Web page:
"Aur. Theodosii Macrobii V. Cl. & Inlustris Opera. Accedunt Integrae Isacii Pontani, Joh. Meursii, Jacobi Gronovii Notae & Animadversiones...", Macrobius, Ambrosius Aurelius Theodo
Subject: Ancient World
Period: 1694 (published)
Color: Black & White
4.8 x 7.5 inches
12.2 x 19.1 cm
This is a much later edition of this work, written by Ambrosius Macrobius, and is a commentary on Cicero's Dream of Scipio. It includes a simplified version of the original woodcut map of the world (2.7 x 2.7") illustrating Cicero's interesting theories. This diagrammatic map shows two regions of equal size and shape in the northern and hemispheres, each containing both a "Temperata" (temperate region) and a "Perusta Inhabitabilis" (torrid zone) which are separated by an unnamed ocean. It was this notion of antipodean balance and landmass equivalence that continued to attract Renaissance minds to the otherwise outmoded geographical ideas of Macrobius. Distinguished cartographers like Mercator and Ortelius incorporated Macrobius' model into an immense southern continent (Australis Incongita) to balance the known lands of the world, and the division of the world into climactic zones is still in use today.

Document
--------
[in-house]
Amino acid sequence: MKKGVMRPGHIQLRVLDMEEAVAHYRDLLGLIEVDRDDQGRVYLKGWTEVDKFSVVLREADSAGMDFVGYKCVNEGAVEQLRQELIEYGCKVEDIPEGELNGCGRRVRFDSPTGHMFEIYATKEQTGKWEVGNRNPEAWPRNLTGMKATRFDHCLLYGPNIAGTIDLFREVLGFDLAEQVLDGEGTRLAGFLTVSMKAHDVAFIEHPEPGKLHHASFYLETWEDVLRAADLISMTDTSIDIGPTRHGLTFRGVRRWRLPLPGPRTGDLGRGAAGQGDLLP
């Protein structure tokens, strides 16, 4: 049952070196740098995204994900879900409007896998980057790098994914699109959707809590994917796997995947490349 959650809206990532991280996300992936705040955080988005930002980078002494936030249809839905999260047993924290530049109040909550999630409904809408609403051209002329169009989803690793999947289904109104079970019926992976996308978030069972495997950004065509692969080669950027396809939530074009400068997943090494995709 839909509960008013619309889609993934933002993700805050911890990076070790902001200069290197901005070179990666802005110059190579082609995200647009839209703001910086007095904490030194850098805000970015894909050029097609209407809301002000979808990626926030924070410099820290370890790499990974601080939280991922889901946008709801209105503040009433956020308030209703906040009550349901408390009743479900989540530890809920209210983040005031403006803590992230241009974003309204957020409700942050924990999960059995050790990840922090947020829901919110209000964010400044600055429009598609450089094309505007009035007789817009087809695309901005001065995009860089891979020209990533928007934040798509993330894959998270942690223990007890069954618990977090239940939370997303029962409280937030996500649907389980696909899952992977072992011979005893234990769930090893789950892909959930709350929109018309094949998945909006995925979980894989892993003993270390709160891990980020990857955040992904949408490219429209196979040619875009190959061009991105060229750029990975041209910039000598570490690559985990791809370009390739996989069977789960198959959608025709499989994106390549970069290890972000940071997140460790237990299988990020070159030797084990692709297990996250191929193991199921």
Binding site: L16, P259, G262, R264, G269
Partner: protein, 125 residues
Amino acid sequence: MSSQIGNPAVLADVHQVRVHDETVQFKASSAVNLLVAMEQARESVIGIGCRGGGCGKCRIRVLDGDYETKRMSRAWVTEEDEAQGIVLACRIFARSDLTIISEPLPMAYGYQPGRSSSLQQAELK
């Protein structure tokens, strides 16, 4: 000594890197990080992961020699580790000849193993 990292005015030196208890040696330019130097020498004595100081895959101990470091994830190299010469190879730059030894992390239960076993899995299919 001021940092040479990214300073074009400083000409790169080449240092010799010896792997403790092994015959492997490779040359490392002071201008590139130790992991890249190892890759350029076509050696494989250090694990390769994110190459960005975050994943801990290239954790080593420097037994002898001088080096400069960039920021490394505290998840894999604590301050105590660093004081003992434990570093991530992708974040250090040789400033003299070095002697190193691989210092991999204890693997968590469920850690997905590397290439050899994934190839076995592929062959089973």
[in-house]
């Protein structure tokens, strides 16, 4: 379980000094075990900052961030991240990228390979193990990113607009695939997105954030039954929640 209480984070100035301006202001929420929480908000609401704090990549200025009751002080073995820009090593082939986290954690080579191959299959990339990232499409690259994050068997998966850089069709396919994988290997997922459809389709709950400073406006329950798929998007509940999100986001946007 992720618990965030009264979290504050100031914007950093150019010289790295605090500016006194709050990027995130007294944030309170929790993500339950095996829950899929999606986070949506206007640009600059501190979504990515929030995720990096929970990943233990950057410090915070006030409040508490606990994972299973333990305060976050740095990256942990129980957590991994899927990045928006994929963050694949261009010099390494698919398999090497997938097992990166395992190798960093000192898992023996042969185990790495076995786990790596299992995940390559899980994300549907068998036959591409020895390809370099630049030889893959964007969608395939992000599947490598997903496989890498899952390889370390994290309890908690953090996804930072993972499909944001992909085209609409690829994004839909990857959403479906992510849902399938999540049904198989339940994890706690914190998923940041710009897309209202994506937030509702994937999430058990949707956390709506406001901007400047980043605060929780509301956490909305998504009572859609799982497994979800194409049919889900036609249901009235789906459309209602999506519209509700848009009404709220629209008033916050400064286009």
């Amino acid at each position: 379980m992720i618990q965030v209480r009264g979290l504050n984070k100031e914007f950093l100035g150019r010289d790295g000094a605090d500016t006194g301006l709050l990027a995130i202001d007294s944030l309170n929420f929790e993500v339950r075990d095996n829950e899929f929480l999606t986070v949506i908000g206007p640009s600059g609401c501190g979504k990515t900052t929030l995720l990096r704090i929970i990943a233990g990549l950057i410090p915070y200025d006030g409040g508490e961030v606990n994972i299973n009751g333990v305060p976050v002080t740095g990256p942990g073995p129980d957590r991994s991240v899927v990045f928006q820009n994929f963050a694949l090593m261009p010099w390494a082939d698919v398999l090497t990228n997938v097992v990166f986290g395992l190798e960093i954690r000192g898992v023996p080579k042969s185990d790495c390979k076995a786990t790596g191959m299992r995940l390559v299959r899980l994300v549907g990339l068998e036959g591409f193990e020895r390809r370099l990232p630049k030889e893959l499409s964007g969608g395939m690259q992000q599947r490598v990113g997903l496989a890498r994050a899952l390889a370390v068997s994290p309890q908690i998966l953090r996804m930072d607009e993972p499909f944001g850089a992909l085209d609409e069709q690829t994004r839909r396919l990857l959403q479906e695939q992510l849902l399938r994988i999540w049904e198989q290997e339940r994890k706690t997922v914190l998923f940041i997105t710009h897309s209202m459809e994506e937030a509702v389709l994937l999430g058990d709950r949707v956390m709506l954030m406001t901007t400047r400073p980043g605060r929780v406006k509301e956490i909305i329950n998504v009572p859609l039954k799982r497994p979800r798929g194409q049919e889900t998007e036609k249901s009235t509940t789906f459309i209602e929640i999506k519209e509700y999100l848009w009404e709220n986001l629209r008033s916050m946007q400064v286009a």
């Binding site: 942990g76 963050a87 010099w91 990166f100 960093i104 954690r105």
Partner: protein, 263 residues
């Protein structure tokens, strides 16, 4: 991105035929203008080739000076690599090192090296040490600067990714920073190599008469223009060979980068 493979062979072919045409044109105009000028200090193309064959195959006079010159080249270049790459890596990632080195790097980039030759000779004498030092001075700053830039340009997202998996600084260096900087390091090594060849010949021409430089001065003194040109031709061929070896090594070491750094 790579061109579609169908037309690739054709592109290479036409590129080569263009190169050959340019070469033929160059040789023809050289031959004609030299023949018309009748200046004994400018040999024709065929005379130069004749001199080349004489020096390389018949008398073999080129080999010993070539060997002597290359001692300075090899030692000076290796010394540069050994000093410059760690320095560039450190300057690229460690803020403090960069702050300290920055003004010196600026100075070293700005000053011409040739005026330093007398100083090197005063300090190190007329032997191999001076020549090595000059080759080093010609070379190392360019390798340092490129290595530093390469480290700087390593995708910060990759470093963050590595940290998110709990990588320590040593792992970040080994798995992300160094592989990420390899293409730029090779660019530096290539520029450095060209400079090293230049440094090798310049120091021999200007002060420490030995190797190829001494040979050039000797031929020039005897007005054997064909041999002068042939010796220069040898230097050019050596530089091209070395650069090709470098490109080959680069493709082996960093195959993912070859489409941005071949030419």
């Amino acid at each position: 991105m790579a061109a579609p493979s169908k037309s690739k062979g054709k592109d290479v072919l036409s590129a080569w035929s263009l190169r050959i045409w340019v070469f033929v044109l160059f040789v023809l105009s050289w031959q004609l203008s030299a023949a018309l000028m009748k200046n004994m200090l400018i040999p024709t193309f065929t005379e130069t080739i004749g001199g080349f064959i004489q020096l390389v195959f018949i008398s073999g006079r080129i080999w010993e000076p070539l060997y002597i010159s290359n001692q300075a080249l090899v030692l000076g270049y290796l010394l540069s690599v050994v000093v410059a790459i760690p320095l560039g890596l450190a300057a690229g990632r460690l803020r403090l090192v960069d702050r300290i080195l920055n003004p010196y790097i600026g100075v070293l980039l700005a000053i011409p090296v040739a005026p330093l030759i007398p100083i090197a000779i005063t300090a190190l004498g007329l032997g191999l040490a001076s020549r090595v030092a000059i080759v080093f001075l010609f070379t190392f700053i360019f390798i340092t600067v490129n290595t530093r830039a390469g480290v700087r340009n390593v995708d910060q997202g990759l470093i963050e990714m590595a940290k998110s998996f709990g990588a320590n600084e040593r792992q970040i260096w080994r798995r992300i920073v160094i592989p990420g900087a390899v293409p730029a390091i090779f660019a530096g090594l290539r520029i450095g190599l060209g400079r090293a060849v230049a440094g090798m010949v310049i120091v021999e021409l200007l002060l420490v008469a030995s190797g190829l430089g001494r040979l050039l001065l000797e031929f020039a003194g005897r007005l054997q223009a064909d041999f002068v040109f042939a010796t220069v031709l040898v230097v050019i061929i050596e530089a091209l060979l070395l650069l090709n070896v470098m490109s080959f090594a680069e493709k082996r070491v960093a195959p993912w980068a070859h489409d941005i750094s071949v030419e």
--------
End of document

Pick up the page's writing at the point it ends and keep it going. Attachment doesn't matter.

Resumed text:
Macrobius was a 5th century Roman neoplatonic philosopher. His commentary on Cicero’s Somnium Sciponis was of great influence in the Middle Ages and gained popularity with the advent of printing. First published in Brescia in 1483, numerous editions appeared throughout the 16th century (and here in the late 17th century). His commentary includes several chapters dealing with his own conception of the world and the universe. It also contains references to many facets of the scientific knowledge of his time, including references to physics, astronomy, and mathematics.
Decorative frontispiece, title page, 491 pages (map at p. 106), and extensive index. Hardbound in full, contemporary leather with raised bands, gilt decorations, and gilt title label on spine.
References: cf. Shirley #13; cf. King (2nd ed.) pp. 34 & 193-4; cf. Moecker (MapForum #4), pp. 26-30.
Text and illustrations are mostly clean and bright, with the signatures in the first third of the book somewhat loose. There is a previous owner's bookplate on the front pastedown. The spine is cracking, the hinges are starting, and the edges are bumped. Covers have light wear and a small stain on the front cover.